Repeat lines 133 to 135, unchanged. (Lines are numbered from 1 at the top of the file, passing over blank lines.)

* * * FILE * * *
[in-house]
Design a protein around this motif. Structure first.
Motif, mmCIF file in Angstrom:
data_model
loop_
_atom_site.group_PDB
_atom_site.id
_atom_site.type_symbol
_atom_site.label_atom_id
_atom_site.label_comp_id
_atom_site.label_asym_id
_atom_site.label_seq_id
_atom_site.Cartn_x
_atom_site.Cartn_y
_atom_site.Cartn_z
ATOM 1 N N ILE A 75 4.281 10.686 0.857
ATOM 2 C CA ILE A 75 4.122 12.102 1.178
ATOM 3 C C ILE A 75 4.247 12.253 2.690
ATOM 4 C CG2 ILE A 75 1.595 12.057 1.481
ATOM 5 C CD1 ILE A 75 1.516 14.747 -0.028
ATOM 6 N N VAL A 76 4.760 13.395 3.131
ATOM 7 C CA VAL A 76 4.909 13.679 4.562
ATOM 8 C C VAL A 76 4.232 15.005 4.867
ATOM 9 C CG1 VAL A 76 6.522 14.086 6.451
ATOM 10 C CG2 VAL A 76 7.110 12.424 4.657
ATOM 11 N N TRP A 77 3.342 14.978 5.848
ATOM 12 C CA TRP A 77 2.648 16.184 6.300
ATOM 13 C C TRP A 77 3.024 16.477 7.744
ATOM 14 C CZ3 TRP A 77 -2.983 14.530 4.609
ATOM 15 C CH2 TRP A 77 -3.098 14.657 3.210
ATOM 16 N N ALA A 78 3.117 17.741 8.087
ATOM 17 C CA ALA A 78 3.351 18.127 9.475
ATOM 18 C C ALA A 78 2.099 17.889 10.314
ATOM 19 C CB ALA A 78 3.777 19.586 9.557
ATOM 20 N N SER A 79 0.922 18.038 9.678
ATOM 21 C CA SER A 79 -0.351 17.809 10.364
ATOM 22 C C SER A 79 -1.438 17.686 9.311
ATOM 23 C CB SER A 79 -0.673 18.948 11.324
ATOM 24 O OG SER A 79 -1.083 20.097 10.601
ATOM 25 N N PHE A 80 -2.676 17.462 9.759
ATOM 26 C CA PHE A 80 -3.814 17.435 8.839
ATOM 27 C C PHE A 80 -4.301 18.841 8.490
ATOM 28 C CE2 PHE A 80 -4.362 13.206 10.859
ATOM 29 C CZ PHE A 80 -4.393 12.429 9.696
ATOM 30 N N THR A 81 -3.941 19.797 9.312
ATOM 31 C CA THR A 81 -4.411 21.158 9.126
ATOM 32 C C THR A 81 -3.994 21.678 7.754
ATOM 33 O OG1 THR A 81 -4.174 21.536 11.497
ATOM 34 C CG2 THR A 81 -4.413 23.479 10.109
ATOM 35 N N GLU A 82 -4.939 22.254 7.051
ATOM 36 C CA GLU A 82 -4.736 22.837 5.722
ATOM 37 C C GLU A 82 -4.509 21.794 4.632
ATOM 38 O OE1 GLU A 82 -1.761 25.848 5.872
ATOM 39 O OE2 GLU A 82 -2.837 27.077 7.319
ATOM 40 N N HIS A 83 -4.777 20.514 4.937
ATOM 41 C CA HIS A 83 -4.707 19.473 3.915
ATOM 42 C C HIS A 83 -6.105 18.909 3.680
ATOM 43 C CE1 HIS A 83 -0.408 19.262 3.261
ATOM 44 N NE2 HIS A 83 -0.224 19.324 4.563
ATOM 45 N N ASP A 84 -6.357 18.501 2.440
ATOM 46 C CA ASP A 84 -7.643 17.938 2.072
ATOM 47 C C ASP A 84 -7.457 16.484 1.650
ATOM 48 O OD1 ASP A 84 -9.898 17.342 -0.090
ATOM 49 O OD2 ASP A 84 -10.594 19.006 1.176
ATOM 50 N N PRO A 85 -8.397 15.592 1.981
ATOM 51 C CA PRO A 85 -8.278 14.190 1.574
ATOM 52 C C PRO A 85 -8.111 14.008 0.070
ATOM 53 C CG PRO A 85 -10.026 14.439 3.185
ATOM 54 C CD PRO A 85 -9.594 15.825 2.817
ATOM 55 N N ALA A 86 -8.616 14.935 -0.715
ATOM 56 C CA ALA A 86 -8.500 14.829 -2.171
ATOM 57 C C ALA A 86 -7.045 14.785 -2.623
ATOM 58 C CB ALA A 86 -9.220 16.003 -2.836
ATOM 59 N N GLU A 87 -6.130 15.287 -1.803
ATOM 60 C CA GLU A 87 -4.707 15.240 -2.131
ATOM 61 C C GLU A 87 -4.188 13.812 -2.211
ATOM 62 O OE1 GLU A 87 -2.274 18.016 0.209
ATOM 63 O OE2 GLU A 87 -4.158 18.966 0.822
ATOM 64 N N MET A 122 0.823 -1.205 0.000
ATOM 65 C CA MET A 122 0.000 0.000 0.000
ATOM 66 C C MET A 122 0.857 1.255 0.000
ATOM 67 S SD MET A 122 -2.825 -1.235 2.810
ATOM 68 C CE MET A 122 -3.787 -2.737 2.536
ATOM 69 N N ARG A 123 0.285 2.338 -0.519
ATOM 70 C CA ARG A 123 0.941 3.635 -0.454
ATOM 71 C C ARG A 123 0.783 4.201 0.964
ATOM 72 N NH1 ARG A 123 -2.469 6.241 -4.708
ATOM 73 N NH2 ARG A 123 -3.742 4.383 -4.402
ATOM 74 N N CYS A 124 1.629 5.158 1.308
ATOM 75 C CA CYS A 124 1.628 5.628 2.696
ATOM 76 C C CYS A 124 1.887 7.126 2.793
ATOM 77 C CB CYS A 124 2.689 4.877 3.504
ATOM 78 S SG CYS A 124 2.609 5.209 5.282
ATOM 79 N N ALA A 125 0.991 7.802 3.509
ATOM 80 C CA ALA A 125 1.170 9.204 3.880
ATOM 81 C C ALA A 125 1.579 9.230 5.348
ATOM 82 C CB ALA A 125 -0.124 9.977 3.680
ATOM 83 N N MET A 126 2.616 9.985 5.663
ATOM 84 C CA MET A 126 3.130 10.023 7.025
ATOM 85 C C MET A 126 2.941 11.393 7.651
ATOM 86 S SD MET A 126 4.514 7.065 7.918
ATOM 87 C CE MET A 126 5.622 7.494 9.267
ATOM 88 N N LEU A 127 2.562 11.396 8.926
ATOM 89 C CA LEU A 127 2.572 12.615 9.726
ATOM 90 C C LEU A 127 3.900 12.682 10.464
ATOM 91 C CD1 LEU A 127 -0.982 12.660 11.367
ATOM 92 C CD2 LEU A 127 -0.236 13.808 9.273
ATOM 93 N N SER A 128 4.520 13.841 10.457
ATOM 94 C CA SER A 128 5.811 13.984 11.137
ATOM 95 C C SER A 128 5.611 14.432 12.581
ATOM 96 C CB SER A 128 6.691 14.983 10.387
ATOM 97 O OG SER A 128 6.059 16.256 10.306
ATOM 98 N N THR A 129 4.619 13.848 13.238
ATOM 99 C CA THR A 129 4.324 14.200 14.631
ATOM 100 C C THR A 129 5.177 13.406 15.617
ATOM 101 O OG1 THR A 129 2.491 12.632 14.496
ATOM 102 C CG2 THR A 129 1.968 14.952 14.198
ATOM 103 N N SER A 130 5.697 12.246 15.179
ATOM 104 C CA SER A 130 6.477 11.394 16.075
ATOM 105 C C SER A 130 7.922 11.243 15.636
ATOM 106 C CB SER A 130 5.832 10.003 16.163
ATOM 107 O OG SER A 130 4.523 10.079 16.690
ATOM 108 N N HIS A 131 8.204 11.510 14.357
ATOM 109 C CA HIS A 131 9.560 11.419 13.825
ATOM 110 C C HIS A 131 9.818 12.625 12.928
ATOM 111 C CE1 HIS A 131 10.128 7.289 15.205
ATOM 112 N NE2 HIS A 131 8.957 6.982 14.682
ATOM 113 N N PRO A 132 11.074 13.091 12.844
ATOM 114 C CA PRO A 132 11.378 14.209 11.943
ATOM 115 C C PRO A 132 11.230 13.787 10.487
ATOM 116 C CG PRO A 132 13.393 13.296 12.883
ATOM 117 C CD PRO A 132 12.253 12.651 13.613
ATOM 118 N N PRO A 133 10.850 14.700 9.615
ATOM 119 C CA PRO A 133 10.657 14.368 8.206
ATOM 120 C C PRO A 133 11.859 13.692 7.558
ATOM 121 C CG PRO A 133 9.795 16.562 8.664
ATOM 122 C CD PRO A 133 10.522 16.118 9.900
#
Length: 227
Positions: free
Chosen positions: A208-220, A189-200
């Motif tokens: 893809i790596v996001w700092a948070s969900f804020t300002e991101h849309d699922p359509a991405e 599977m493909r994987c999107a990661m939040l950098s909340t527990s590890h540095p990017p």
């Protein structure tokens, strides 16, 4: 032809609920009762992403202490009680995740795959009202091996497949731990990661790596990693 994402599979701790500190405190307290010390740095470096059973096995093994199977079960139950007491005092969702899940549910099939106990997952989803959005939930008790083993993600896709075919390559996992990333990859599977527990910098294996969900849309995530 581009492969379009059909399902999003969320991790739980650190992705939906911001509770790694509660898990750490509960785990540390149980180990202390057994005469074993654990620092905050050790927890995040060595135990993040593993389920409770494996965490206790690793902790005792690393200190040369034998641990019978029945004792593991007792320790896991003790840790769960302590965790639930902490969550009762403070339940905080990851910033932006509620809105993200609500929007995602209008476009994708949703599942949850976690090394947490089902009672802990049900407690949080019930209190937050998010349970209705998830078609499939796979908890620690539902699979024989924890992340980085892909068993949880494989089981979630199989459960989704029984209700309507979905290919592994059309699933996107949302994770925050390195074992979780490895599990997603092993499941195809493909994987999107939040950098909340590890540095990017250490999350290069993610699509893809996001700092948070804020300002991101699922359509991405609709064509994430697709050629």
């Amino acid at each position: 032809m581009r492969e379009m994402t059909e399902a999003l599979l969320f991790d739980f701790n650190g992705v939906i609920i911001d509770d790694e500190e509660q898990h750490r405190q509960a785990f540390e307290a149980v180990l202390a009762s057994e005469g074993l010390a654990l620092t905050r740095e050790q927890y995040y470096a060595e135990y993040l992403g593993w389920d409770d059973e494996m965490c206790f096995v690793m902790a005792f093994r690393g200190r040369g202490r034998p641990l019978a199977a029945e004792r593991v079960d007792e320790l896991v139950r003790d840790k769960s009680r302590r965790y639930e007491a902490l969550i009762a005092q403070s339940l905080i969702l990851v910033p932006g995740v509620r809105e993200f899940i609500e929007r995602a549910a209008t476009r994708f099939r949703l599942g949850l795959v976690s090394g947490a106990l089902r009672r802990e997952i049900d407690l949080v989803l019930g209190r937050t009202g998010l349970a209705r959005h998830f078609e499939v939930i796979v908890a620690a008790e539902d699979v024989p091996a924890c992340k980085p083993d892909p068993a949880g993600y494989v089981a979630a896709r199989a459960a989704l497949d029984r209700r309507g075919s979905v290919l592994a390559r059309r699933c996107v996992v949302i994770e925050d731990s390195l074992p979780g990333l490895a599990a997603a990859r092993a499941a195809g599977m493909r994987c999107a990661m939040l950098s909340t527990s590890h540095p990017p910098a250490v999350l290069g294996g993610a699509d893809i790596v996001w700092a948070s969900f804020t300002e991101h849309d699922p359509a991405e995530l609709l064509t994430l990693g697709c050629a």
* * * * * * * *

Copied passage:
ATOM 118 N N PRO A 133 10.850 14.700 9.615
ATOM 119 C CA PRO A 133 10.657 14.368 8.206
ATOM 120 C C PRO A 133 11.859 13.692 7.558